tech, funding and oversight

The big lift to NG 911

As consumer apps take advantage of broadband wireless technology to transmit voice, text, images and video, the nation’s 911 emergency infrastructure is chiefly wire bound, which limits its ability to operate effectively, advocates of the next-generation 911 system said.

It’s "still the same legacy 911 system from 1968" with some "tweaks and Band-Aids," said Patrick Halley, the executive director of the NG911 Institute.

Today, only about 15 to 20 percent of the public safety answering points can even handle text messages, much less the data-rich transmissions of images and videos that the next-generation 911 system plans to support.

In addition to providing better public safety, a modernized 911 system is critical to ensuring maximum efficacy of other major government projects, such as FirstNet, Halley said at an April 12 event his organization hosted on Capitol Hill in Washington, D.C.

The next-generation 911 emergency response system will offer a nationwide, IP-based emergency communications infrastructure that will enable voice and digital communications between 911 callers and PSAPS, then to responders in the field.

"Neither can work as well without the other," he added. "As we are empowering responders with modern technology, including the ability to receive and share video and images and other data, we have to make sure the 911 system is capable of doing the same thing, and make sure the two are connected."

But successfully coordinating such an overhaul requires funding and oversight.

"By far the majority" of funding for 911 services are "funded through fees on your phone bill… collected by state and local governments," said Halley, adding these fees "are only on phone bills, not broadband connections."

But Halley said that "not all that 911 fee money" that's charged on phone bills even "gets used to support 911." State and local treasuries have the discretion to divert it elsewhere, he explained, which has slowed the development of the project.

To be exact, over the most recent five-year sample available, "diversion is beating next-generation 911 spend" by a $701 million to $633 million margin, said Tim May, the NG911 projects manager at the Federal Communications Commission Public Safety and Homeland Security Bureau.

FCC Commissioner Michael O'Rielly suggested that one way to cut costs is to reduce the current number of PSAPs, which is around 6,000, by "one-third or one-half," and redirect that savings to the modernization of the remaining facilities.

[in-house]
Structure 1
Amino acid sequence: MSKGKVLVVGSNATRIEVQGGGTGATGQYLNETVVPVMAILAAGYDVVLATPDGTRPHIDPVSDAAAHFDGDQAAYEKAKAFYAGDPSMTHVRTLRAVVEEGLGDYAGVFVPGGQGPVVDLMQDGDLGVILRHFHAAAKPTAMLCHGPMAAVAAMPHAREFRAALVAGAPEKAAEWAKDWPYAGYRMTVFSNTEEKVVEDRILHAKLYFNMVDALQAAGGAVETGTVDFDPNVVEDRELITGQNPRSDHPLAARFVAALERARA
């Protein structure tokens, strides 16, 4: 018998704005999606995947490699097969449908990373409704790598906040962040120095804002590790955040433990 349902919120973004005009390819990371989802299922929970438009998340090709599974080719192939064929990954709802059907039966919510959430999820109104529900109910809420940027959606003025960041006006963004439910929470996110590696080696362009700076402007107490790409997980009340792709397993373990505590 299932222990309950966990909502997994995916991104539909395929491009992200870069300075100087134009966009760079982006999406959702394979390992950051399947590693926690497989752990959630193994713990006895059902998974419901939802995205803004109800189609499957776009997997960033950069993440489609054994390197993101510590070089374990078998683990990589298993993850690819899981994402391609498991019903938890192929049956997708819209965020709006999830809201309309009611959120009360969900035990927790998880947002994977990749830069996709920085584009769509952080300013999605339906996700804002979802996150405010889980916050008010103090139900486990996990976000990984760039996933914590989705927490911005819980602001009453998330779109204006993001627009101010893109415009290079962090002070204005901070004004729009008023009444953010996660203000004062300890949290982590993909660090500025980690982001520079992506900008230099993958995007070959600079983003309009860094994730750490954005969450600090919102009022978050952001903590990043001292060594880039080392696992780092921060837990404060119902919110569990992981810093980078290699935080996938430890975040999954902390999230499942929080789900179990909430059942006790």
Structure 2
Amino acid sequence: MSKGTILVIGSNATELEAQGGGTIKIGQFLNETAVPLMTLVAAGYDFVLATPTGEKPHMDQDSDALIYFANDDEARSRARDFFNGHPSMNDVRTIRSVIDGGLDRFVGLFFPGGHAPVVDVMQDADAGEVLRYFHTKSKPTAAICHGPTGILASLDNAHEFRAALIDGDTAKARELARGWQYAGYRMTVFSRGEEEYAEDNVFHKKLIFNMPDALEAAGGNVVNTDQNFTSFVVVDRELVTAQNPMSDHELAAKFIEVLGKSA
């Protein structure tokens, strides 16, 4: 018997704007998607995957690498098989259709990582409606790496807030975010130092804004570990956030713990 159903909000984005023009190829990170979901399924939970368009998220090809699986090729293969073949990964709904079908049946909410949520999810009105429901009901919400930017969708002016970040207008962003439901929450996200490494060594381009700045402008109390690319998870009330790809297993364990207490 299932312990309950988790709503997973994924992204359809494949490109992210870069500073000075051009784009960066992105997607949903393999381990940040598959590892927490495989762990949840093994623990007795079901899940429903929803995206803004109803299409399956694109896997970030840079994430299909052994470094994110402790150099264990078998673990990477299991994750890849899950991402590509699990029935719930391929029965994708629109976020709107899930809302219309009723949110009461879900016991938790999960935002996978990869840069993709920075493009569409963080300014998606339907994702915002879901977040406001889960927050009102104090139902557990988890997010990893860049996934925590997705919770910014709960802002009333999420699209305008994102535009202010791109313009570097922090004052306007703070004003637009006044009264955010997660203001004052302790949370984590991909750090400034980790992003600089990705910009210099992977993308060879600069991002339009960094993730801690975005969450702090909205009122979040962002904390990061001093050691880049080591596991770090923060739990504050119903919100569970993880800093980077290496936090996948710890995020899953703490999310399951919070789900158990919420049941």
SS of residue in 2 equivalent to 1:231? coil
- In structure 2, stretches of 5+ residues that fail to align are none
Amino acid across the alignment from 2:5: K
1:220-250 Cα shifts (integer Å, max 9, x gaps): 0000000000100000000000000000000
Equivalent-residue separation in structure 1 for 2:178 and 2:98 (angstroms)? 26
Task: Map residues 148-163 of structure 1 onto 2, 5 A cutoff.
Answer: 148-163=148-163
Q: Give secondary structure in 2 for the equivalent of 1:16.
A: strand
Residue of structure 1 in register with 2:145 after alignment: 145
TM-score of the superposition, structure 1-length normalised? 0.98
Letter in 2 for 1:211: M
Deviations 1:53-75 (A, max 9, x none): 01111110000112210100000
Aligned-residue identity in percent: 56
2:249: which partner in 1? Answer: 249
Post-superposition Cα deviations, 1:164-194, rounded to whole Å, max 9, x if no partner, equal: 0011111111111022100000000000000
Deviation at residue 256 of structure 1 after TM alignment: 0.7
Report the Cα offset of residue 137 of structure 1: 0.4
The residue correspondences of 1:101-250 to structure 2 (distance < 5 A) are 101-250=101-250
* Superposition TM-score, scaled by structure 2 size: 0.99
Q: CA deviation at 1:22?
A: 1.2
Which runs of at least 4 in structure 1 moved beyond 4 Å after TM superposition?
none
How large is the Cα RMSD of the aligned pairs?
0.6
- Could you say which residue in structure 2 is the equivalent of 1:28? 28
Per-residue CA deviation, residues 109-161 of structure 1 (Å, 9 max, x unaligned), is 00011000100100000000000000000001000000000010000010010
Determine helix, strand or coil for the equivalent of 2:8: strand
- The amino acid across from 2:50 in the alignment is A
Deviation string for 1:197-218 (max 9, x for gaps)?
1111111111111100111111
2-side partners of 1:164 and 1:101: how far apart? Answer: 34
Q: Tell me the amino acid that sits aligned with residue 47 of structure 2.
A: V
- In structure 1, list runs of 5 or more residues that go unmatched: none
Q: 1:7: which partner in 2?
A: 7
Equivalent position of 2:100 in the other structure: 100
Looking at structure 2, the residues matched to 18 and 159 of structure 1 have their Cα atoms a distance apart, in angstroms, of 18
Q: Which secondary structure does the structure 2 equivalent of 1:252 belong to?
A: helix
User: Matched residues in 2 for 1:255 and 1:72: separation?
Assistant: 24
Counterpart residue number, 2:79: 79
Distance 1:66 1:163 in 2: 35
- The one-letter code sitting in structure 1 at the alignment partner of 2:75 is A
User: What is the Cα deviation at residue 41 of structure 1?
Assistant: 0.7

Historically, federal funding has played a minor role in the 911 emergency communications system.  To combat this combination of challenges, however, Mark Reddish, the Association of Public-Safety Communications Officials International's senior counsel and manager of government relations, advocated for the federal government to provide a "big, one-time forklift to help transition to next-generation 911."

Laurie Flaherty, coordinator of the National 911 Program at the Department of Transportation, added that a federal role in the 911 system may be necessary because local governments alone cannot pull off the scale of interstate coordination necessary to stand up and secure an effective, national communication system.

Flaherty said her program is currently compiling a cost study for the nationwide implementation of the next-generation 911 system due to Congress by September and is working with the Department of Defense to help secure the information collected at the PSAPs nationwide.

In addition to the next-generation 911 caucuses that already exist in both the House and Senate chambers, Executive Director of the Industry Council on Emergency Response Technologies George Rice thinks that the development of a modernized, national 911 system is "crucial" to President Donald Trump's infrastructure plans.

"The federal government could be a big catalyst" for the development cloud infrastructure and maintaining data collected by the 911 centers, he said. "The more ways we connect 911 to community development, to infrastructure projects, to the things that make America work as a functioning society, the better off we will be, and I think that will resonate with the administration."

This article was first posted to FCW, a sister site to GCN.

About the Author

Chase Gunter is a staff writer covering civilian agencies, workforce issues, health IT, open data and innovation.

Prior to joining FCW, Gunter reported for the C-Ville Weekly in Charlottesville, Va., and served as a college sports beat writer for the South Boston (Va.) News and Record. He started at FCW as an editorial fellow before joining the team full-time as a reporter.

Gunter is a graduate of the University of Virginia, where his emphases were English, history and media studies.

Click here for previous articles by Gunter, or connect with him on Twitter: @WChaseGunter

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